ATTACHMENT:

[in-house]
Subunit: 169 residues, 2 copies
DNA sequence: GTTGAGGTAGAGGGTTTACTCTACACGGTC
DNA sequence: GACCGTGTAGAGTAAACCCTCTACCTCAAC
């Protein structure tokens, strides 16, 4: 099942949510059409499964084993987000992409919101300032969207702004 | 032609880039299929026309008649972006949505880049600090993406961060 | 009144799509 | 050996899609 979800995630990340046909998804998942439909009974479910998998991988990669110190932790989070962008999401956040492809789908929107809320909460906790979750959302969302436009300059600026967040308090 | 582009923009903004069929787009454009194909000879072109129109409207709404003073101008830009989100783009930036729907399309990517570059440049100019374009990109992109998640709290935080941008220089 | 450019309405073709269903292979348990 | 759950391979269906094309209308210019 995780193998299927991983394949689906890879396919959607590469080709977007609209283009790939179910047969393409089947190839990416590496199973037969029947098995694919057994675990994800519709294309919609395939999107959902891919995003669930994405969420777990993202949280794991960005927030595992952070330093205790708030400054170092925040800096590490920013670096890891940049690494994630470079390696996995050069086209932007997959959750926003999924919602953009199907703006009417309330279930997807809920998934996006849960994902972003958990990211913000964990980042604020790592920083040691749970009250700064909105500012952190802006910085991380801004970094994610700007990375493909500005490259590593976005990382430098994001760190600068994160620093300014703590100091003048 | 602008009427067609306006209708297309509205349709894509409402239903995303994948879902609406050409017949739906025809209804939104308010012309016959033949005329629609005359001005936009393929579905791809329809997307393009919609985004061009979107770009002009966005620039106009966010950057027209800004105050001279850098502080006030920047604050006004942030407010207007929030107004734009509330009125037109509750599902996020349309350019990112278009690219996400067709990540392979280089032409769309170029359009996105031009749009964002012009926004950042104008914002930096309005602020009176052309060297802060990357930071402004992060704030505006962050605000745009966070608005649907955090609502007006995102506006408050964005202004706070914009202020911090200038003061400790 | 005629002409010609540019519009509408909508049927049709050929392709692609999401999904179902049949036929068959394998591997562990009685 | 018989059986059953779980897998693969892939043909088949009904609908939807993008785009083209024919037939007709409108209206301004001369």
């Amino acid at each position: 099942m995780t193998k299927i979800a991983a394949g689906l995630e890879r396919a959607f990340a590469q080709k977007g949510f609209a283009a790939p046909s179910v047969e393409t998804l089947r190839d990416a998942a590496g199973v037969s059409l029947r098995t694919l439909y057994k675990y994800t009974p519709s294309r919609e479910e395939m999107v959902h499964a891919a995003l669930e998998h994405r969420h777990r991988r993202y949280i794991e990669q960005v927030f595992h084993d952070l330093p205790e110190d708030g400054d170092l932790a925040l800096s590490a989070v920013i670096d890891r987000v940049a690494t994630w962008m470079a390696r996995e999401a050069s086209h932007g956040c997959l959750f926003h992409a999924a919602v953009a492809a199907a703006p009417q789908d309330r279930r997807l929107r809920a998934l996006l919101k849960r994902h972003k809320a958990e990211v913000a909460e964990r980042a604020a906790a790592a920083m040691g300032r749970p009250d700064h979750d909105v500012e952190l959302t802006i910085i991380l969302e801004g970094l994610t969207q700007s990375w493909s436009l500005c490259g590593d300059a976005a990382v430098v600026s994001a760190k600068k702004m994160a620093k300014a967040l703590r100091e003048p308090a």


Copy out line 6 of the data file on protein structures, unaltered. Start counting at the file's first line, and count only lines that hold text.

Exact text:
């Amino acid at each position: 099942m995780t193998k299927i979800a991983a394949g689906l995630e890879r396919a959607f990340a590469q080709k977007g949510f609209a283009a790939p046909s179910v047969e393409t998804l089947r190839d990416a998942a590496g199973v037969s059409l029947r098995t694919l439909y057994k675990y994800t009974p519709s294309r919609e479910e395939m999107v959902h499964a891919a995003l669930e998998h994405r969420h777990r991988r993202y949280i794991e990669q960005v927030f595992h084993d952070l330093p205790e110190d708030g400054d170092l932790a925040l800096s590490a989070v920013i670096d890891r987000v940049a690494t994630w962008m470079a390696r996995e999401a050069s086209h932007g956040c997959l959750f926003h992409a999924a919602v953009a492809a199907a703006p009417q789908d309330r279930r997807l929107r809920a998934l996006l919101k849960r994902h972003k809320a958990e990211v913000a909460e964990r980042a604020a906790a790592a920083m040691g300032r749970p009250d700064h979750d909105v500012e952190l959302t802006i910085i991380l969302e801004g970094l994610t969207q700007s990375w493909s436009l500005c490259g590593d300059a976005a990382v430098v600026s994001a760190k600068k702004m994160a620093k300014a967040l703590r100091e003048p308090a």